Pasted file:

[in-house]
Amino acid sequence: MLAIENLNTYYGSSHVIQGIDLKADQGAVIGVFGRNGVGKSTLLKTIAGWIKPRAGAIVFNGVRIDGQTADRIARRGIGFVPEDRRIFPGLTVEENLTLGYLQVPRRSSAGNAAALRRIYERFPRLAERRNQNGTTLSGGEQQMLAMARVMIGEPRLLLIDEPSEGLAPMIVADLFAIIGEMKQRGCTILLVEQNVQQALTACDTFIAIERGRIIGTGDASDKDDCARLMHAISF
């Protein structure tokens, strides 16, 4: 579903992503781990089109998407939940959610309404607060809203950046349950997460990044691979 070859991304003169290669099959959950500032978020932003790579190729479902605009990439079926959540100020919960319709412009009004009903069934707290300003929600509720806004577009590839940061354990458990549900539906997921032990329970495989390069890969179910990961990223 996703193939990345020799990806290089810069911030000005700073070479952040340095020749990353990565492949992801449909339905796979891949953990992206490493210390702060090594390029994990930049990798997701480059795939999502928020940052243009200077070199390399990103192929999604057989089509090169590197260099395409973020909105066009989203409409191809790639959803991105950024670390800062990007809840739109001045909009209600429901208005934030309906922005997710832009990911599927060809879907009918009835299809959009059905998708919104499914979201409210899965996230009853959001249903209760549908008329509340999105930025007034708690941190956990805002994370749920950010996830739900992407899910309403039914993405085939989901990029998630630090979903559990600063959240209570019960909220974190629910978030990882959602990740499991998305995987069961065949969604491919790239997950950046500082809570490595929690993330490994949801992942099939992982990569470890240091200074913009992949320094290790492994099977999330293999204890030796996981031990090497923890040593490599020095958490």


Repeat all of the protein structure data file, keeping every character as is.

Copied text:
[in-house]
Amino acid sequence: MLAIENLNTYYGSSHVIQGIDLKADQGAVIGVFGRNGVGKSTLLKTIAGWIKPRAGAIVFNGVRIDGQTADRIARRGIGFVPEDRRIFPGLTVEENLTLGYLQVPRRSSAGNAAALRRIYERFPRLAERRNQNGTTLSGGEQQMLAMARVMIGEPRLLLIDEPSEGLAPMIVADLFAIIGEMKQRGCTILLVEQNVQQALTACDTFIAIERGRIIGTGDASDKDDCARLMHAISF
């Protein structure tokens, strides 16, 4: 579903992503781990089109998407939940959610309404607060809203950046349950997460990044691979 070859991304003169290669099959959950500032978020932003790579190729479902605009990439079926959540100020919960319709412009009004009903069934707290300003929600509720806004577009590839940061354990458990549900539906997921032990329970495989390069890969179910990961990223 996703193939990345020799990806290089810069911030000005700073070479952040340095020749990353990565492949992801449909339905796979891949953990992206490493210390702060090594390029994990930049990798997701480059795939999502928020940052243009200077070199390399990103192929999604057989089509090169590197260099395409973020909105066009989203409409191809790639959803991105950024670390800062990007809840739109001045909009209600429901208005934030309906922005997710832009990911599927060809879907009918009835299809959009059905998708919104499914979201409210899965996230009853959001249903209760549908008329509340999105930025007034708690941190956990805002994370749920950010996830739900992407899910309403039914993405085939989901990029998630630090979903559990600063959240209570019960909220974190629910978030990882959602990740499991998305995987069961065949969604491919790239997950950046500082809570490595929690993330490994949801992942099939992982990569470890240091200074913009992949320094290790492994099977999330293999204890030796996981031990090497923890040593490599020095958490």